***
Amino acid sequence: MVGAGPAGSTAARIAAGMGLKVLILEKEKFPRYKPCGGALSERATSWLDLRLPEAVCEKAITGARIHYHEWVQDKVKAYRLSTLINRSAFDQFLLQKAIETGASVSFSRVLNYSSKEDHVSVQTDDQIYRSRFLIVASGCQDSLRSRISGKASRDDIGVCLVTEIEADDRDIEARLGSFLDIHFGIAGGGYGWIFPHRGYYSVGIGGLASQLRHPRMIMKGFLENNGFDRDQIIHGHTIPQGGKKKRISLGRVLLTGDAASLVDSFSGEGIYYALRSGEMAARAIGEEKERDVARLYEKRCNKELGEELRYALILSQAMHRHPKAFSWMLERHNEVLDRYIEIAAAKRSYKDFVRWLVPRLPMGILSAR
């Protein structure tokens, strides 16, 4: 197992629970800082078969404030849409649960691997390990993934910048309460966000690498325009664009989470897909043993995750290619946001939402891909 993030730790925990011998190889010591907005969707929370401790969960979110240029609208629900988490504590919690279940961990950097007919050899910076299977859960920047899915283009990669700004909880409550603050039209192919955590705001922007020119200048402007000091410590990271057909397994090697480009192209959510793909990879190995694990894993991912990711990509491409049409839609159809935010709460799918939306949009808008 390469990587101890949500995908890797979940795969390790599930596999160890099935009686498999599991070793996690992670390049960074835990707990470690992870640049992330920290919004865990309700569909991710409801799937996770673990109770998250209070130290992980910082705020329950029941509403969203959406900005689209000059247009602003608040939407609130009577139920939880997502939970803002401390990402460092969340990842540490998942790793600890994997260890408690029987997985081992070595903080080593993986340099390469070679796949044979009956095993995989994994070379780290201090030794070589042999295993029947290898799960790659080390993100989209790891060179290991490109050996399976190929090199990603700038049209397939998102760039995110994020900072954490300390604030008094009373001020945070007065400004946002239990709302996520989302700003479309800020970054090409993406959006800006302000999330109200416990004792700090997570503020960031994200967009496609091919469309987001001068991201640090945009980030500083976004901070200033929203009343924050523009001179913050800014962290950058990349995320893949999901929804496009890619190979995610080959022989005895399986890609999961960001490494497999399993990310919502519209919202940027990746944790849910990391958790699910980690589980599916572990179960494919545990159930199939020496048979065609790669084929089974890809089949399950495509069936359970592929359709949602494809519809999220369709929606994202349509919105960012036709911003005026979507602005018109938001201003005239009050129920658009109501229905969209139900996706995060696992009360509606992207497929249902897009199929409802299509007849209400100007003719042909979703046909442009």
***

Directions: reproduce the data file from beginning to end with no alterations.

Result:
Amino acid sequence: MVGAGPAGSTAARIAAGMGLKVLILEKEKFPRYKPCGGALSERATSWLDLRLPEAVCEKAITGARIHYHEWVQDKVKAYRLSTLINRSAFDQFLLQKAIETGASVSFSRVLNYSSKEDHVSVQTDDQIYRSRFLIVASGCQDSLRSRISGKASRDDIGVCLVTEIEADDRDIEARLGSFLDIHFGIAGGGYGWIFPHRGYYSVGIGGLASQLRHPRMIMKGFLENNGFDRDQIIHGHTIPQGGKKKRISLGRVLLTGDAASLVDSFSGEGIYYALRSGEMAARAIGEEKERDVARLYEKRCNKELGEELRYALILSQAMHRHPKAFSWMLERHNEVLDRYIEIAAAKRSYKDFVRWLVPRLPMGILSAR
């Protein structure tokens, strides 16, 4: 197992629970800082078969404030849409649960691997390990993934910048309460966000690498325009664009989470897909043993995750290619946001939402891909 993030730790925990011998190889010591907005969707929370401790969960979110240029609208629900988490504590919690279940961990950097007919050899910076299977859960920047899915283009990669700004909880409550603050039209192919955590705001922007020119200048402007000091410590990271057909397994090697480009192209959510793909990879190995694990894993991912990711990509491409049409839609159809935010709460799918939306949009808008 390469990587101890949500995908890797979940795969390790599930596999160890099935009686498999599991070793996690992670390049960074835990707990470690992870640049992330920290919004865990309700569909991710409801799937996770673990109770998250209070130290992980910082705020329950029941509403969203959406900005689209000059247009602003608040939407609130009577139920939880997502939970803002401390990402460092969340990842540490998942790793600890994997260890408690029987997985081992070595903080080593993986340099390469070679796949044979009956095993995989994994070379780290201090030794070589042999295993029947290898799960790659080390993100989209790891060179290991490109050996399976190929090199990603700038049209397939998102760039995110994020900072954490300390604030008094009373001020945070007065400004946002239990709302996520989302700003479309800020970054090409993406959006800006302000999330109200416990004792700090997570503020960031994200967009496609091919469309987001001068991201640090945009980030500083976004901070200033929203009343924050523009001179913050800014962290950058990349995320893949999901929804496009890619190979995610080959022989005895399986890609999961960001490494497999399993990310919502519209919202940027990746944790849910990391958790699910980690589980599916572990179960494919545990159930199939020496048979065609790669084929089974890809089949399950495509069936359970592929359709949602494809519809999220369709929606994202349509919105960012036709911003005026979507602005018109938001201003005239009050129920658009109501229905969209139900996706995060696992009360509606992207497929249902897009199929409802299509007849209400100007003719042909979703046909442009």